The biomarker technology involves two mutually exclusive biomarkers that should not be simultaneously present in a normal cell. So if you think of it like a traffic light. So p16 is the biomarker that’s present in cells that are in cell cycle arrest like in a red light. And Ki-67 is for cell cycle proliferation like a green light. So you would know something was up if you saw both a red light and a green light at a traffic light. And so that’s why we call it dual state. And we’ve evolved cytology to be with biomarker technology rather than simply the morphology of a cell, which can actually be sometimes objective.

So we’re still running these tests on the same sample as you would from an HPV test or a Pap test. And this study had robust data to show that when dual screen psychology is used, it enhances a detection of cervical precancer and cancer when women are identified at risk. So this is called triage. It’s better at detection than just Pap cytology by itself. So not only that, when this dual biomarker test is negative and doesn’t detect any abnormal cells, it’s actually even more reassuring than a negative Pap cytology test that this individual does not have any cervical abnormalities.

What are the clinical implications of these findings as it relates to the fight against cervical cancer?

So clinicians can be more precise when they assess someone’s risk. So having dual stain provides additional information for a clinician to make recommendations to their patients and that minimizes undertreatment or overtreatment. And so when people get an HPV test result that’s high risk, it can be really alarming. We don’t have a treatment for the HPV infection itself. And so patients were often really unsettled when I told them that we would just have to wait a year and see if their system could clear the infection. So being able to tell folks about their dual stain result could allow them to know sooner if their cells are showing signs of oncogenic transformation and they can have more immediate follow up or reassurance, but it’s okay to give their body more time to clear the infection.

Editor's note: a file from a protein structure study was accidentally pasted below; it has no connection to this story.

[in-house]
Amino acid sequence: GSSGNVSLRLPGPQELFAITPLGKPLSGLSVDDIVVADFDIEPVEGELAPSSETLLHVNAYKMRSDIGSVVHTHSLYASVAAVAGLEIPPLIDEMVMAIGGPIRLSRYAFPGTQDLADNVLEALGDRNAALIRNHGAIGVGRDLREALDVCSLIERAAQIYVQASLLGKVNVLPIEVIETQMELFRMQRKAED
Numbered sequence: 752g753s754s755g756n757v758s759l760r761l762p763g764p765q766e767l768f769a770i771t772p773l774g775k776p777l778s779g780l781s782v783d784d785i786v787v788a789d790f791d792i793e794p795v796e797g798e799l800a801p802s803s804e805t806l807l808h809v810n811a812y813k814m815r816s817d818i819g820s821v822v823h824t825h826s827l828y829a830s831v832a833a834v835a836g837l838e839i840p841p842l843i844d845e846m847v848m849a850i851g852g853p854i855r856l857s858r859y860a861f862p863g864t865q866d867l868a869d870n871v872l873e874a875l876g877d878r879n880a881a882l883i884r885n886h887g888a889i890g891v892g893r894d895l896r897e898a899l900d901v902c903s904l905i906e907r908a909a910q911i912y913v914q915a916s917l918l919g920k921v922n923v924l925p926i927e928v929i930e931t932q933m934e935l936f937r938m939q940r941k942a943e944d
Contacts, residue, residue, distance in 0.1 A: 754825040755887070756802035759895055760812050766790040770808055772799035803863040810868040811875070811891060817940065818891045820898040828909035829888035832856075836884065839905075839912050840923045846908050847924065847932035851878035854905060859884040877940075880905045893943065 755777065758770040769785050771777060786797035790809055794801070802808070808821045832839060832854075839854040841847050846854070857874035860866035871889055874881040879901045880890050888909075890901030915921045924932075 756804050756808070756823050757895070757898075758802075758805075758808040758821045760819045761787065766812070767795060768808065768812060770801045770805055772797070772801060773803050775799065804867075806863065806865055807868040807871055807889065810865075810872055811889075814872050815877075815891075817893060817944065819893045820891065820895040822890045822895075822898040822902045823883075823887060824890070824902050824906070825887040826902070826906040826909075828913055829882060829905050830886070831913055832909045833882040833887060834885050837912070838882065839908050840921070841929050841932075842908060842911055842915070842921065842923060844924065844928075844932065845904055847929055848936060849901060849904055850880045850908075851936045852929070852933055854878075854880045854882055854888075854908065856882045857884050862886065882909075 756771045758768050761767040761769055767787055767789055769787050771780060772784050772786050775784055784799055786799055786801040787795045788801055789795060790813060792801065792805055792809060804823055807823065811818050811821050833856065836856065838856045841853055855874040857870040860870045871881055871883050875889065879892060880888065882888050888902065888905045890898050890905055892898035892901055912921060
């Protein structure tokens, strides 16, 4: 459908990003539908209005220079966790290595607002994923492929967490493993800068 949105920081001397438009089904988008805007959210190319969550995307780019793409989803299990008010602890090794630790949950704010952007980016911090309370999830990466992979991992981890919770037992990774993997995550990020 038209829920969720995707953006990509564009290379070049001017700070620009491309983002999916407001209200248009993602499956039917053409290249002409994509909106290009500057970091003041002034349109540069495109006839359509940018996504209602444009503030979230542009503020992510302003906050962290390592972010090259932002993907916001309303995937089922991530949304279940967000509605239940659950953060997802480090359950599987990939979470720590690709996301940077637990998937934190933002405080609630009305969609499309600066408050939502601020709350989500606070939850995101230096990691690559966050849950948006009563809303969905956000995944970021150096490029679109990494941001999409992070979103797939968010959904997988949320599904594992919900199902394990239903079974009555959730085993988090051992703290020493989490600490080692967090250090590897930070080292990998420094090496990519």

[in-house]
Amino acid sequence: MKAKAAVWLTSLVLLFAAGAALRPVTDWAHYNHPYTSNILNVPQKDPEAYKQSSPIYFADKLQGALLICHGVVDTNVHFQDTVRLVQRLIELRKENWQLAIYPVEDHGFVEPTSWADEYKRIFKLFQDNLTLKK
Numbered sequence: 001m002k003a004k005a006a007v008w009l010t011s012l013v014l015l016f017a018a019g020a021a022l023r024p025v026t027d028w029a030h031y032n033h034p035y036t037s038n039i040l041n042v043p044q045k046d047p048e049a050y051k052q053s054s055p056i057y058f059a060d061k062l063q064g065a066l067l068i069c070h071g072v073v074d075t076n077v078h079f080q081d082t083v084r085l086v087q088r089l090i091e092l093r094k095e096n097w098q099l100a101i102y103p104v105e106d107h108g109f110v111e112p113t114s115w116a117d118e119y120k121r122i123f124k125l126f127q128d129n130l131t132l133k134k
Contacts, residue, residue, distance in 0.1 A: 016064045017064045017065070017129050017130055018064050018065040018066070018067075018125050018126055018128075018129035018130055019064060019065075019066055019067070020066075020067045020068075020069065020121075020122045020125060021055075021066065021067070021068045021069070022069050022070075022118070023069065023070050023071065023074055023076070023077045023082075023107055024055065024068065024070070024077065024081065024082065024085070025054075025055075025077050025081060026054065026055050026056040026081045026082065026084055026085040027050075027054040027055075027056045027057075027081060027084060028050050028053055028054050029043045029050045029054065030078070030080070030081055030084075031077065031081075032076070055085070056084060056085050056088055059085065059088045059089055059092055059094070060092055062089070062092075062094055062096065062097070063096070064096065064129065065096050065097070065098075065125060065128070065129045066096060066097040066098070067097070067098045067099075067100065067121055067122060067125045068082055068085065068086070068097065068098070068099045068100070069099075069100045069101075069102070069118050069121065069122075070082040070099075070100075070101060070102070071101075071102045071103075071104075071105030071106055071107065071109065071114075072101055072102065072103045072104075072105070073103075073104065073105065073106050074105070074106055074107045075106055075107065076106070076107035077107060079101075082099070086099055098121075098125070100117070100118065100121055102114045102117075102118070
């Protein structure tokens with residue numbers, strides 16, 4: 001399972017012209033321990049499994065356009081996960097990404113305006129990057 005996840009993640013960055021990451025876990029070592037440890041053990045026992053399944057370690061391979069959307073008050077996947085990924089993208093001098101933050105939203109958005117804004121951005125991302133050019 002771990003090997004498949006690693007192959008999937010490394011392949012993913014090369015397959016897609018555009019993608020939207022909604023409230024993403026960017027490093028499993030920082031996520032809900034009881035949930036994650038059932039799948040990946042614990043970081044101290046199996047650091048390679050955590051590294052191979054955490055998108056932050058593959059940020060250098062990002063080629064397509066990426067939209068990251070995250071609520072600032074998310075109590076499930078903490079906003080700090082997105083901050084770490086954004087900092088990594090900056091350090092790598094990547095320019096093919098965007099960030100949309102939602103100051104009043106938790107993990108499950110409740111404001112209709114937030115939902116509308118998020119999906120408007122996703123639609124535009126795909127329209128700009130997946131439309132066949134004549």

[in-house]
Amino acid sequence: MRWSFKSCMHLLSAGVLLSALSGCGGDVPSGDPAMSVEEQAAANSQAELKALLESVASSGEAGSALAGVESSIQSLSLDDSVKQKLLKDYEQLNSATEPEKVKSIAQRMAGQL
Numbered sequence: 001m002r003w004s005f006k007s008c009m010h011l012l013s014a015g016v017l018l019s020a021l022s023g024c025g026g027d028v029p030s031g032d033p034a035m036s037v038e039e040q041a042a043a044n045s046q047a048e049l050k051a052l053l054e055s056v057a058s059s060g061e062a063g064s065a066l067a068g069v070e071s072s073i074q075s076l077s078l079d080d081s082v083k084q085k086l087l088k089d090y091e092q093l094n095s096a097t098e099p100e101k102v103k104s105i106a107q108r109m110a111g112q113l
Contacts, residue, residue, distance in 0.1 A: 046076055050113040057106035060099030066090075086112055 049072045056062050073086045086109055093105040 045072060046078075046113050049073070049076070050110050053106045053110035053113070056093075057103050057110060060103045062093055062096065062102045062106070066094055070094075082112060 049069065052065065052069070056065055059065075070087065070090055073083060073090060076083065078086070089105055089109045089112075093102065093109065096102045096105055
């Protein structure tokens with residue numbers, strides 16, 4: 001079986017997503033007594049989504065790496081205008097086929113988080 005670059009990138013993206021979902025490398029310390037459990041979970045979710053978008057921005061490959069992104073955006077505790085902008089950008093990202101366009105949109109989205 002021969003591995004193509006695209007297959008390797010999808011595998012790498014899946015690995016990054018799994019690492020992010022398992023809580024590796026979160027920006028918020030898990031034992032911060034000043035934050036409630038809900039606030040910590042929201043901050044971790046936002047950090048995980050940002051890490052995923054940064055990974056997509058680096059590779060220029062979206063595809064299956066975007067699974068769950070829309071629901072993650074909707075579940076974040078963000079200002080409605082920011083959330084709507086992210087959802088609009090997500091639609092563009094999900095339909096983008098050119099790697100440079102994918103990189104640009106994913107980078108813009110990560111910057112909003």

Any closing thoughts?

I think I wanted to tell your audience that cervical cancer is largely a disease of disparities. Where a woman lives shouldn’t determine whether she lives or dies from cervical cancer. But that’s all too true here in the US where I live where black women die from cervical cancer at two times the rate of white women. And that’s all too true around the world. But it’s not all doom and gloom. The good news is that the elimination of cervical cancer is possible within the lifetime of today’s youngest girls according to the World Health Organization. We have the know-how and we have the tools to see widespread elimination in 2030. And that’s exciting and that’s empowering. So let’s make it happen.